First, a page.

Matches are broadcast live on BBC Two, the Red Button, or Online via the BBC Sport website. Highlights are shown on the long-running Today at Wimbledon, presented by Clare Balding, who replaced John Inverdale in 2015; the same year, the programme was renamed "Wimbledon 2day", with a new lighthearted magazine format, but after only one year, the format has been abandoned for 2016. Following on the trial which commenced with 2018 World Cup the BBC will broadcast all Centre Court matches from the 2018 Wimbledon Championships in 4K UHD via iPlayer. Commentators include Barry Davies, John McEnroe, Boris Becker, John Lloyd, Andy Roddick, Martina Navratilova, David Mercer, Nick Mullins, Jonathan Overend, Anne Keothavong, Virginia Wade, Sam Smith, Tracy Austin, Tim Henman, Andrew Castle, Lindsay Davenport, Pat Cash, John Inverdale, Chris Bradnam, Jamie Baker, Dan Lobb, Guy McCrea, Mark Petchey, Simon Reed, Matt Chilton, Peter Fleming, Elizabeth Smylie, Jo Durie, Louise Pleming, Andrew Cotter, Ronald McIntosh and Alison Mitchell.
Regular tournament weather updates are provided by Carol Kirkwood. The BBC broadcasts two traditional Grass warm up events in the fortnight before the Wimbledon Championships. First is the AEGON Championships from Queen's Club; the BBC has covered the tournament since 1979 and has a contract in place until 2024. Coverage is led by Sue Barker with commentary by Andrew Castle, Andrew Cotter, John Lloyd & Peter Fleming; the following week is the WTA AEGON International event from Eastbourne. In 2015, coverage was introduced by John Inverdale and Lee McKenzie with commentary from Andrew Cotter, Sam Smith, Chris Bradnam & Annabel Croft. Both events are shown on BBC Two; the BBC holds rights to show daily TV highlights from the Australian Open. Coverage is presented by Sue Barker with commentary from John Lloyd; the BBC has exclusive free to air TV rights for 8 singles matches from the ATP World Tour Finals which includes the semi final and the final. The BBC covered the event between 2009 and 2011, followed by an extension for 2012 and 2013.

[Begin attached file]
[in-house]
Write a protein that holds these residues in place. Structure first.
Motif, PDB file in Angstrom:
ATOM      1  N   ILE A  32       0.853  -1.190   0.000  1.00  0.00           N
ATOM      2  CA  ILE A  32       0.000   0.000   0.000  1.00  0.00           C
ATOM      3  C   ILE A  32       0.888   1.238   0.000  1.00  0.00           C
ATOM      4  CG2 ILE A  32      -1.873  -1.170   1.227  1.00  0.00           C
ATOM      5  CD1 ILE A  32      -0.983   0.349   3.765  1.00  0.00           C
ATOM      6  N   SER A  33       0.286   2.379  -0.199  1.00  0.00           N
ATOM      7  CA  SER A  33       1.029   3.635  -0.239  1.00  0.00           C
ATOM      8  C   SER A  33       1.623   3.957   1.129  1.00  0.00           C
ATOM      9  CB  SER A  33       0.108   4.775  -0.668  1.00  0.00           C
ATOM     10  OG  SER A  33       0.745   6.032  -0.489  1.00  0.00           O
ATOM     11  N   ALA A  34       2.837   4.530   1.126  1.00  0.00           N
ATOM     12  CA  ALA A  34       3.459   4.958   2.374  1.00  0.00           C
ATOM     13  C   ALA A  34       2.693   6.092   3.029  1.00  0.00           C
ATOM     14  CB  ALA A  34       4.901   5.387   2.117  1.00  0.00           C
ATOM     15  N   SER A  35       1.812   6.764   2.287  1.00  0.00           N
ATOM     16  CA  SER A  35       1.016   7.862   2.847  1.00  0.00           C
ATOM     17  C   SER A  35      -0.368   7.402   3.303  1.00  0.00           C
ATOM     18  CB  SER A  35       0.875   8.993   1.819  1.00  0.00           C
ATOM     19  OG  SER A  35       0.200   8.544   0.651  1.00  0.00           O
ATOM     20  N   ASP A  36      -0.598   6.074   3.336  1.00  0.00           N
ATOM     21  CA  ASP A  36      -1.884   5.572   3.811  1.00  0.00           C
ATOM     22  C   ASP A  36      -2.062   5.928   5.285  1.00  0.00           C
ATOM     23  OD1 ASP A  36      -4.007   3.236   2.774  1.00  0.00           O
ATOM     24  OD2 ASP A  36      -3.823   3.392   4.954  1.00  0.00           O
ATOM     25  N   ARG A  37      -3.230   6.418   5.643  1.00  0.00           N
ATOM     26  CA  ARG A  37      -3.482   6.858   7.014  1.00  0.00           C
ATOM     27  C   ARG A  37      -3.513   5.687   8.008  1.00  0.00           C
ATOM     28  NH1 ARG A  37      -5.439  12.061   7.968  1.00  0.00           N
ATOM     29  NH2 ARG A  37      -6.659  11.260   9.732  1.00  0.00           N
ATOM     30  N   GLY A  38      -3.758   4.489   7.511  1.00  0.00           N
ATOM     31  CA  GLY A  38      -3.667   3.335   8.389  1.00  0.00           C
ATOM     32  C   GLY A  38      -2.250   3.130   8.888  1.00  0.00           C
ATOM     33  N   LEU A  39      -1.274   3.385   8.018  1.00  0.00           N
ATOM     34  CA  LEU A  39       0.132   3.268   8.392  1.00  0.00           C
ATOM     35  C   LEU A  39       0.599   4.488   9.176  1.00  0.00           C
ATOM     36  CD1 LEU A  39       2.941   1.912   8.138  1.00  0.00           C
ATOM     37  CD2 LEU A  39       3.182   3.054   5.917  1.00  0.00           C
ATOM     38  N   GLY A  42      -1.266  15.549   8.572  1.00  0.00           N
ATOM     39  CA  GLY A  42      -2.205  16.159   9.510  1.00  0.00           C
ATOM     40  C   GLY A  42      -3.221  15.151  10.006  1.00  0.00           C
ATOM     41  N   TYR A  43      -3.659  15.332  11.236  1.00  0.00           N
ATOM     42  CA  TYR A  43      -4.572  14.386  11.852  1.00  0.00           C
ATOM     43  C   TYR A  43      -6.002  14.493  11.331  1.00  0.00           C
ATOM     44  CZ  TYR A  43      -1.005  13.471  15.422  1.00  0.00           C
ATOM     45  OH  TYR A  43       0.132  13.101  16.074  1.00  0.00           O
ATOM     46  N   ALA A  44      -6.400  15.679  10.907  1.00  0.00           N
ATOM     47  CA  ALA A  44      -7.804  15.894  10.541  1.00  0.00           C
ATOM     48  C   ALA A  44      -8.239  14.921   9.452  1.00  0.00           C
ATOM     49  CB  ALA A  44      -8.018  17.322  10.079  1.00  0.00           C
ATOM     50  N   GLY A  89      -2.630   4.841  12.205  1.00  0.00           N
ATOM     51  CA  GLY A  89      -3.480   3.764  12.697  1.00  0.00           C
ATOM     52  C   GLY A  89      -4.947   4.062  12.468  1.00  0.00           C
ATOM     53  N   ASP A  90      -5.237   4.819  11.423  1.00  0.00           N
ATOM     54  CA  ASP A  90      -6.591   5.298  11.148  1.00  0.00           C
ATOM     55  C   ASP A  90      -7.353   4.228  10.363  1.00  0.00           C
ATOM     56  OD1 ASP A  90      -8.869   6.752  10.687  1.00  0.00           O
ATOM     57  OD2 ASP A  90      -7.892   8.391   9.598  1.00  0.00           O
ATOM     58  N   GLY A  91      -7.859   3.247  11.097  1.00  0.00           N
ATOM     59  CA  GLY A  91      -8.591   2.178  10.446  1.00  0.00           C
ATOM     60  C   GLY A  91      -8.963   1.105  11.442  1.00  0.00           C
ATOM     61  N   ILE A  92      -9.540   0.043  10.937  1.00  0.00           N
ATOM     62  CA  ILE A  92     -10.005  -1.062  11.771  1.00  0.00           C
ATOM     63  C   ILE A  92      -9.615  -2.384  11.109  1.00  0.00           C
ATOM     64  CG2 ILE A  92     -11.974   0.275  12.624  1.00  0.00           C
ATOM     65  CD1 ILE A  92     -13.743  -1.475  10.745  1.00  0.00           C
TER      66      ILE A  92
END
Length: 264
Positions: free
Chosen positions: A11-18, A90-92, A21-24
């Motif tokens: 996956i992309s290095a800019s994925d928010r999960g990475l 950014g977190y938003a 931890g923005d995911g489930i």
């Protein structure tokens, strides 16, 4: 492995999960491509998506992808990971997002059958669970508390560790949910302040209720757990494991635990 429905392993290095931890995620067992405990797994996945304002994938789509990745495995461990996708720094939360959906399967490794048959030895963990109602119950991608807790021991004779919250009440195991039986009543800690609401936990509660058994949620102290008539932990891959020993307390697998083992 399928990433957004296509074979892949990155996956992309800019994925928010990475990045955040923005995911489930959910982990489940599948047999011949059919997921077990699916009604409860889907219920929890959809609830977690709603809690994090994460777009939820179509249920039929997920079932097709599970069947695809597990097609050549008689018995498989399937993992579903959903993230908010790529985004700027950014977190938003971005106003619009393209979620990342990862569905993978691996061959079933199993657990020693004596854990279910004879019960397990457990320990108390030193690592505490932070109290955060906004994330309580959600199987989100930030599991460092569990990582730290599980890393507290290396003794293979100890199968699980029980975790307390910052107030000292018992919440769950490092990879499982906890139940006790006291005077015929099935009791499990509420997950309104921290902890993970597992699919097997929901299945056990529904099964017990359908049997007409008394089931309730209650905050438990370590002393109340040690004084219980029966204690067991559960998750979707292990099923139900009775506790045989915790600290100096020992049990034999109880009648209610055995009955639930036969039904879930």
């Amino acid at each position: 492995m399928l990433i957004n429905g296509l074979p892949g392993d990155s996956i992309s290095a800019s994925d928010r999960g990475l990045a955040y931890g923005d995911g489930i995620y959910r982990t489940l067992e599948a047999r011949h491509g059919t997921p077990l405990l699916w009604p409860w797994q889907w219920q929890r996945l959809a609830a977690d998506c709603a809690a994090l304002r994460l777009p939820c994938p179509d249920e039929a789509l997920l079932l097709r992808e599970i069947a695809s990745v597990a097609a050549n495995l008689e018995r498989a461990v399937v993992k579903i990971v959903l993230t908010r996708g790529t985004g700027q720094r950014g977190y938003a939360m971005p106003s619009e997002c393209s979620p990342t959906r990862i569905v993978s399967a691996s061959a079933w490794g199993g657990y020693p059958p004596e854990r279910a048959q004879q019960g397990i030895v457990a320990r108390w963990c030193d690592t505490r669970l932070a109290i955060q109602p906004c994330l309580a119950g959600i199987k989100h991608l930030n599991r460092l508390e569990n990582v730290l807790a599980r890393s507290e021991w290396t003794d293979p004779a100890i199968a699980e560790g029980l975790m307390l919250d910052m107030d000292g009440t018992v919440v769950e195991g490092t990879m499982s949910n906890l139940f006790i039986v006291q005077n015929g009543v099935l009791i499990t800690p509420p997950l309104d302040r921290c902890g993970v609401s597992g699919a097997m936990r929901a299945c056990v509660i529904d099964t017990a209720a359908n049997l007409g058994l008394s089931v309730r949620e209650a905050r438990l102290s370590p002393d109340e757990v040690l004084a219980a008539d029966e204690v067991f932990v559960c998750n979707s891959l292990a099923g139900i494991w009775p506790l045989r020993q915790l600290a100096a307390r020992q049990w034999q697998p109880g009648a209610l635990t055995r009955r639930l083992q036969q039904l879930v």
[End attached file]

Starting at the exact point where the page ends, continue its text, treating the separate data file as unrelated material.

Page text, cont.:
This was extended again in 2013 through to 2015. It was extended again in 2016 for another 2 years before another deal was announced in 2017 and will run until 2020. With Sky Sports, showing one afternoon match per day including one semi-final and the final which are shown on BBC Two; the BBC has a joint deal with Eurosport to show all of Britain's Davis Cup matches for three years to 2017, with coverage predominately broadcast on BBC Two and the Red Button. BBC Radio covers the four Grand Slam tournaments - the A